Nice to see the international tracks making an appearance again this year—thanks for posting, @jeanluc! That stadium in Stockholm looks amazing. We were in Lausanne in 2019, before the Challenge, and while we didn’t see the Stade Pierre de Coubertin, we did attend a Diamond League meet there (and visited the Olympic Museum). I recommend both highly to anyone visiting Lausanne—an international-level track meet is a memorable event, and the Olympic Museum is truly wonderful.
(FYI, for a story to count for a star post, it has to be posted on the same day as the effort hits the leaderboard—it’s all automated. Last year, when we were running tracks on vacation in Vancouver, we had to remember to post both the manual results and the story before bed.)
Last year on Memorial Day morning, I did my best Sweet 1600 on an outdoor high school track in Lancaster PA, where we had been for my daughter’s dance event. This weekend we were in Lancaster again for the same event, so I decided to do another Memorial Day mile. Thanks to @crosby.woods being my timer and calling out my splits, I finished right at 6:30, which was my goal for today (not as fast as last year, but my best for this year!). I also enjoyed warming up by pacing Simon to complete his best 1600. He likes to chat while we run, which isn’t a great racing strategy, but it keeps him happy! For the last 150 meters, I encouraged him to run as fast as he could to the finish, which he did, and I could barely keep up. He’ll be outrunning me soon enough.
International posting continues. I wish I could say that I just ran on this track, the Olympic Stadium in Amsterdam, but close!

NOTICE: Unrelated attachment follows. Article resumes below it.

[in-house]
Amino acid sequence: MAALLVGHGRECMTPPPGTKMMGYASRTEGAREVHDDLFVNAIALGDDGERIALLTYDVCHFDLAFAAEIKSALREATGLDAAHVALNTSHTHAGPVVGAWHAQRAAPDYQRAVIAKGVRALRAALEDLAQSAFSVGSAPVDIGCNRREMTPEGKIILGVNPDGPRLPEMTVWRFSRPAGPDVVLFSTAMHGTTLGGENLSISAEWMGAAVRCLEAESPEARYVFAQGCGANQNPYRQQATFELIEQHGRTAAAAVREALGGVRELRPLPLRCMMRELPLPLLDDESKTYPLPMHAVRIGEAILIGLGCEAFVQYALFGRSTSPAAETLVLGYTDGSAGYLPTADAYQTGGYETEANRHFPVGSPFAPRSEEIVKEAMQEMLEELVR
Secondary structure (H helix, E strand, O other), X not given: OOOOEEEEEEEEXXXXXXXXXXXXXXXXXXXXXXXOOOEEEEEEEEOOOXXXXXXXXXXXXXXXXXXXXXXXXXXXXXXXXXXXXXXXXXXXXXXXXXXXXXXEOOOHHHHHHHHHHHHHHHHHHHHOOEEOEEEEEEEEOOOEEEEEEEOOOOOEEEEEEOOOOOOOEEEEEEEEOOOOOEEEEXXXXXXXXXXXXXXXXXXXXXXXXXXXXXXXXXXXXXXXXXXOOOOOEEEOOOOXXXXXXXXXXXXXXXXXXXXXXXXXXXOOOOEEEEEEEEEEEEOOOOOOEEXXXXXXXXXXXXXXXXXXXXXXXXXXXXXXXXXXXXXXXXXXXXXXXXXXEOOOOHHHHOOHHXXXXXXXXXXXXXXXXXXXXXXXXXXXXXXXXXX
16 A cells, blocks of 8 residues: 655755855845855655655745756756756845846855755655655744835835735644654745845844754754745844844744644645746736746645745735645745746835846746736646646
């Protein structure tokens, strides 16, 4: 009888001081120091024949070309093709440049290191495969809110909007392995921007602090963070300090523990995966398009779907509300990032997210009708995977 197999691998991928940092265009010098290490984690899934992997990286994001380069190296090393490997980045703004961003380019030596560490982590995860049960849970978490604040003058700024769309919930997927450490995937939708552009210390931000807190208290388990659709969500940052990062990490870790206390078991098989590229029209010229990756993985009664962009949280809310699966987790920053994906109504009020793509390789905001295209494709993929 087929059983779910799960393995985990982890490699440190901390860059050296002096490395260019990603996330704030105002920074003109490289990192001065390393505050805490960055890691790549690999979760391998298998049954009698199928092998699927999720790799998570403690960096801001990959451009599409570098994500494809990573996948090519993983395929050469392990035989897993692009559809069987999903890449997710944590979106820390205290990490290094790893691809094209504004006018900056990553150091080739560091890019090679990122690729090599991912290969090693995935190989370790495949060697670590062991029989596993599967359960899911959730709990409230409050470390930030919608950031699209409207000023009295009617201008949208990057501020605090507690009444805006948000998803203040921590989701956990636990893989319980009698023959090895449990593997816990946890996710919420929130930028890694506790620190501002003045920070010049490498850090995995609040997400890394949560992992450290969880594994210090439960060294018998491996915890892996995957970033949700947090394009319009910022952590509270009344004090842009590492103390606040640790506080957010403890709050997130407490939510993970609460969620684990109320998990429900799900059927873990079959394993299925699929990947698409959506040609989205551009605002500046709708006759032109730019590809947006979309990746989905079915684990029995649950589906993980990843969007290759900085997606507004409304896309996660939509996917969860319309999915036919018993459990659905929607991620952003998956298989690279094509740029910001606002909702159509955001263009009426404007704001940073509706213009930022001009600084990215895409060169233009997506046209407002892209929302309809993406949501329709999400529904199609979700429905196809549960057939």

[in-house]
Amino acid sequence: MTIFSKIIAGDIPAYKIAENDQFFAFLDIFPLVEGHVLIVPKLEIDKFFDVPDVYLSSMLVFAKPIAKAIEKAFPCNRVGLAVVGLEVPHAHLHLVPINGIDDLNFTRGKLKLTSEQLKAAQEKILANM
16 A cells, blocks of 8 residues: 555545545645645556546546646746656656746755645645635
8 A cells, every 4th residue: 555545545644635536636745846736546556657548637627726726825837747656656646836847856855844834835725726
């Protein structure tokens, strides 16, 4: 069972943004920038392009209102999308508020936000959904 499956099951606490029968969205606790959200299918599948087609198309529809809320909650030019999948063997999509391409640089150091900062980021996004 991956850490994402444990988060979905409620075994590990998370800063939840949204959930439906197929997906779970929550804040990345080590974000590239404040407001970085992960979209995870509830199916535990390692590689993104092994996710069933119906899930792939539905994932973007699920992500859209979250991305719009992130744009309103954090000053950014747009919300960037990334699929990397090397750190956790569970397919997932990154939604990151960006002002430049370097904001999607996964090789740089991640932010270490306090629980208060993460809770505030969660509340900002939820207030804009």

The blue dot is me. I ran on the little track off to the left, in the shadow of the Stadium. My cousin has a tiny house right there. Amazing! The Stadium was open later so I got a look inside.
Pretty standard I think. Also all made of brick. Built in 1928 (?).
Spiraling, spiraling, spiraling …… I am injured and don’t know what will happen with my running.
My kid had a review session at the school tonight, and on my drive to pick her up, I decided I should walk a Sweet 1600 on the track. So, I did.
I WAS on track to finish the Challenge so quickly (for me). Here’s to best laid plans …
This is a post about two different Sweet 1600s, but I only have one in Webscorer as the first was a while ago…
Last week I was on vacation in Berkeley, CA, where I went to grad school. On my Monday run, I started off by running from where I was staying near the Bay to Edwards Track, the main track at UC Berkeley. It is yellow, and not a nice University of California gold, but instead this color:
I ran about 600 meters, then someone sent me off because the track was closing. In search of another track, I ran up into the Berkeley Hills and the Clark Kerr campus. The slopes on the way up are Ithaca-level steep, but the views are worth it:
The Clark Kerr track is not a synthetic track, but instead a gravel one with no lanes. It also has this weird fence around the infield:
Today I’m at the University of Michigan campus and found another non-synthetic track, this one with a giant plastic tent on the infield and an asphalt surface. It is a warm day, about 90F right now, and already warm at 8:00 this morning but I managed a respectable 8:13 in the middle of a low-key run.
Today I drove to Rochester to race the Charlie McMullen Mile. My big goal for this race was to break the 4:50 barrier (and improve my 2-year-old 4:51 PR). Last Sunday I raced an 800 in 2:11, so I felt very confident in my fitness. During my warm up I imagined how easy the first two laps would feel compared to an 800 race. Sure enough, I felt really good at halfway and still pretty good after 3 laps. I finished in 4:48.24 (I’ll call it a 4:47 1600), so mission accomplished.